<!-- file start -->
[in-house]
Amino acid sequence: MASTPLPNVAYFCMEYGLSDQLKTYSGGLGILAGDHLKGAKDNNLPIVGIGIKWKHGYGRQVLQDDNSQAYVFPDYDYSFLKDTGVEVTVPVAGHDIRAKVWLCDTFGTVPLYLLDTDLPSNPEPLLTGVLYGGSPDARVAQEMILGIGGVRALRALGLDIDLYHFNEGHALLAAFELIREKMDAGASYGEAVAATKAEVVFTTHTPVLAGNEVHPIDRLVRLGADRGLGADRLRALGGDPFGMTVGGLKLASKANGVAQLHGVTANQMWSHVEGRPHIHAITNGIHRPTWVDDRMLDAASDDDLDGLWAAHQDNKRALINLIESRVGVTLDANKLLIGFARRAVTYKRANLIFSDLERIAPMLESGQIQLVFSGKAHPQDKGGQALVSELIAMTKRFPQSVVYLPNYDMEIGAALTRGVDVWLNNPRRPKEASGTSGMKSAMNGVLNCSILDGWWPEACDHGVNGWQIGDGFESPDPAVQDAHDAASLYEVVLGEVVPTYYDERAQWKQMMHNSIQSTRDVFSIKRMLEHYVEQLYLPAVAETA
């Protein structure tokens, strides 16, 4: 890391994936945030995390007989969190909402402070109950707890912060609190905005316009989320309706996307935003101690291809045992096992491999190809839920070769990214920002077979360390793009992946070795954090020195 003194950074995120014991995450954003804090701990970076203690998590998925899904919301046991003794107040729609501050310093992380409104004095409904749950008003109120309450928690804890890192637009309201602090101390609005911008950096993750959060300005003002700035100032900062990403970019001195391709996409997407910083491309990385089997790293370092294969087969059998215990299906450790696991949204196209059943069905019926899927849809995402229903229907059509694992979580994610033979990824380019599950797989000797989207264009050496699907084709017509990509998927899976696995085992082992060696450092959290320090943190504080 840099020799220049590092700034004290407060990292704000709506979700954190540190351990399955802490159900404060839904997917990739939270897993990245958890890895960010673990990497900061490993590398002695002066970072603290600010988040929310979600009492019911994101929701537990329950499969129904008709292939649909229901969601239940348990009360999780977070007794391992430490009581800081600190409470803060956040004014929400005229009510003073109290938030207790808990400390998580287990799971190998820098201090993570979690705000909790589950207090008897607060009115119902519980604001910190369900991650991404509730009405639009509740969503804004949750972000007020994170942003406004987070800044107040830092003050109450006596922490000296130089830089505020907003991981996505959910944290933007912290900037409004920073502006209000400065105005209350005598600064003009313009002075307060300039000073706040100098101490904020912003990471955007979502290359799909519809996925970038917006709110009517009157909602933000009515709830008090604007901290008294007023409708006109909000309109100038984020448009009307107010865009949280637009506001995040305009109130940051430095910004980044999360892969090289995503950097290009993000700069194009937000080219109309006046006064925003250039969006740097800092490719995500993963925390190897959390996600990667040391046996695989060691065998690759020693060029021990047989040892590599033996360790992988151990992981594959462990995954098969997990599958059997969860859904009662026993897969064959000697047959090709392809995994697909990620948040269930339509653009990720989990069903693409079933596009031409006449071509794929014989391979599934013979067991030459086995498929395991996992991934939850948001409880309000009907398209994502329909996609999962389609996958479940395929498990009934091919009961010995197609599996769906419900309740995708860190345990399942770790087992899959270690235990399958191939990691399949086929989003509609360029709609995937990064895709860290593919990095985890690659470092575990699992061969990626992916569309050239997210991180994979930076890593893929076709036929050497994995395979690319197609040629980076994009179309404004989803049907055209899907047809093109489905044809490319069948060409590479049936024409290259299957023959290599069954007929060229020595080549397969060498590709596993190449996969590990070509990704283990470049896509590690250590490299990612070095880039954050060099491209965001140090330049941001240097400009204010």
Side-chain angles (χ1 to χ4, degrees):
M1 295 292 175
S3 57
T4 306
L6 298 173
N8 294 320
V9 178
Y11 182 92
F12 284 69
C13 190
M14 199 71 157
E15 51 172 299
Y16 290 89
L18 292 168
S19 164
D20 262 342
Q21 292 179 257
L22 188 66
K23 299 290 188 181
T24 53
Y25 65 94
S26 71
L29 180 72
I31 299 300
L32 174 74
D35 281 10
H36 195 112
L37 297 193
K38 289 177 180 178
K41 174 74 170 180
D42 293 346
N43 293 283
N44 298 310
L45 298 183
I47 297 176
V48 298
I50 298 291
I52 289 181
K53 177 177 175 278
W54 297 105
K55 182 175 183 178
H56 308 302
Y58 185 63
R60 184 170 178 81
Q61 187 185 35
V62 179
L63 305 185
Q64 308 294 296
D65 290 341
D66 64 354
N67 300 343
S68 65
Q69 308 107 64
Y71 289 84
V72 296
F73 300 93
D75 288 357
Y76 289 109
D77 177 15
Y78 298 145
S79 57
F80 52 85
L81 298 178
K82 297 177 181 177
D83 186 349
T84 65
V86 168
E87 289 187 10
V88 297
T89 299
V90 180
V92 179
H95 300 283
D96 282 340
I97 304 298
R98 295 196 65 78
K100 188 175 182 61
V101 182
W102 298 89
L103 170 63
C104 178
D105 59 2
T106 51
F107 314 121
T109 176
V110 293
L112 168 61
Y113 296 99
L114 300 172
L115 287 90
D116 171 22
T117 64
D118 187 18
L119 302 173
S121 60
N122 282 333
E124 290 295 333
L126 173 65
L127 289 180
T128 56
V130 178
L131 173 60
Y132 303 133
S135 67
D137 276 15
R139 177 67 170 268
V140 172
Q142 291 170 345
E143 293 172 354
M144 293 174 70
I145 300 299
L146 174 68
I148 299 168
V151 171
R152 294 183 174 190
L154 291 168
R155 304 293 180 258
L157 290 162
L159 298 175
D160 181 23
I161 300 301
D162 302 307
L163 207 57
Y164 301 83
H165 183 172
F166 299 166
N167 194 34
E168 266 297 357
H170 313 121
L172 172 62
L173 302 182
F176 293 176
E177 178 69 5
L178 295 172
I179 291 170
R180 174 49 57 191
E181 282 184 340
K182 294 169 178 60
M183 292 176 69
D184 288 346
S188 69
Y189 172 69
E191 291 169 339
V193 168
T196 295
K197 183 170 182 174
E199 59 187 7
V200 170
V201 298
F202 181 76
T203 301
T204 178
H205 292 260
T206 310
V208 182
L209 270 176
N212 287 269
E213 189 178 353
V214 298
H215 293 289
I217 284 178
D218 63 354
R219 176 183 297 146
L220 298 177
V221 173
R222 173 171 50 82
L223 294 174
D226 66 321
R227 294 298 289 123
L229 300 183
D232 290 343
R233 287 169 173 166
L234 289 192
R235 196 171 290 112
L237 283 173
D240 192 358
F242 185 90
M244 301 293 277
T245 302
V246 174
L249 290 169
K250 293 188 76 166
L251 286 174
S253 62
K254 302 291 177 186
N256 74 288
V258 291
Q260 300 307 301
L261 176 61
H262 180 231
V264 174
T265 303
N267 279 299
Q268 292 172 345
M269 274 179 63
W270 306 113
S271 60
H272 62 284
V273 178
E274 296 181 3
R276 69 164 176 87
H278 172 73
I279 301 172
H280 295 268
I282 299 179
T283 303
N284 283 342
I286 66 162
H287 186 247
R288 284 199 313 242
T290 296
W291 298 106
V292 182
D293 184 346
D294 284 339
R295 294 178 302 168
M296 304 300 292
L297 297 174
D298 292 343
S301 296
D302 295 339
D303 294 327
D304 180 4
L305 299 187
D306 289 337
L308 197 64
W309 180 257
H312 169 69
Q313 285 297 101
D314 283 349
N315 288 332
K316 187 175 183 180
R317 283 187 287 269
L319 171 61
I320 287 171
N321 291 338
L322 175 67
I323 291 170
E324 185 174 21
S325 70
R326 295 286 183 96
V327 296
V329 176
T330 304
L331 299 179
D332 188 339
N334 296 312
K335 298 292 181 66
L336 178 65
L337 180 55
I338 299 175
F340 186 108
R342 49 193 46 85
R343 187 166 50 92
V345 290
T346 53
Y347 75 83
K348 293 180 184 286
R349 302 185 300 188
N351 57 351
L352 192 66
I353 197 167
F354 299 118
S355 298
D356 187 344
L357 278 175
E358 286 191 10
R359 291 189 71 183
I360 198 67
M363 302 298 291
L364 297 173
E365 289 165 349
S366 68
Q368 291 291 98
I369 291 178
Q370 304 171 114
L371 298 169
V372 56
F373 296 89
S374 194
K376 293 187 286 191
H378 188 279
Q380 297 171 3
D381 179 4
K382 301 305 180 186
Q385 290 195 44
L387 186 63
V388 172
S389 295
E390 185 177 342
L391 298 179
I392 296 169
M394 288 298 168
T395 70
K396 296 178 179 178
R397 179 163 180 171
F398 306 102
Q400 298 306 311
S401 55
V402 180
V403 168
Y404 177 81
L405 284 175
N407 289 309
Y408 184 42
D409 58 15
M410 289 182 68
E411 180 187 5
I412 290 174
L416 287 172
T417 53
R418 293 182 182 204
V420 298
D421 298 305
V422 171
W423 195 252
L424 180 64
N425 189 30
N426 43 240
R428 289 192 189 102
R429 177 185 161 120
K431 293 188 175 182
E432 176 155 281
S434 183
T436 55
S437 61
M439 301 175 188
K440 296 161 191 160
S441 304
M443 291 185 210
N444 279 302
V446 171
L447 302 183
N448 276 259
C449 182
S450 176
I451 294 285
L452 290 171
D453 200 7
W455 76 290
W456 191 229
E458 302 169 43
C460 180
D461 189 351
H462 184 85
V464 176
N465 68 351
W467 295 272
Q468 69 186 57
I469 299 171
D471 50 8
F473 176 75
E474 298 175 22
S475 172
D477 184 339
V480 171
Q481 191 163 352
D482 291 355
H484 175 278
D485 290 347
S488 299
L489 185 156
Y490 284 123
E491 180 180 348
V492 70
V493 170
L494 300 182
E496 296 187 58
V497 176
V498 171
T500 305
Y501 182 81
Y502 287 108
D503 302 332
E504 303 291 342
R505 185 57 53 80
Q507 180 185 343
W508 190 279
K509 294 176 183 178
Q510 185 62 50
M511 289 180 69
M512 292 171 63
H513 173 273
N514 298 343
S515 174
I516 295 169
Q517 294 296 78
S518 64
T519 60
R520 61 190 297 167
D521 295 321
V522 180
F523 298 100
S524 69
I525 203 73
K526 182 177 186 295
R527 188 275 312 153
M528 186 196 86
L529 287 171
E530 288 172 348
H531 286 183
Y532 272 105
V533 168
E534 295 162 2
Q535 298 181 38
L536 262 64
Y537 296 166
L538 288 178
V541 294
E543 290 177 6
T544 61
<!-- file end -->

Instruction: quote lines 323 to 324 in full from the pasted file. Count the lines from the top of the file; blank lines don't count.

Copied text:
R428 289 192 189 102
R429 177 185 161 120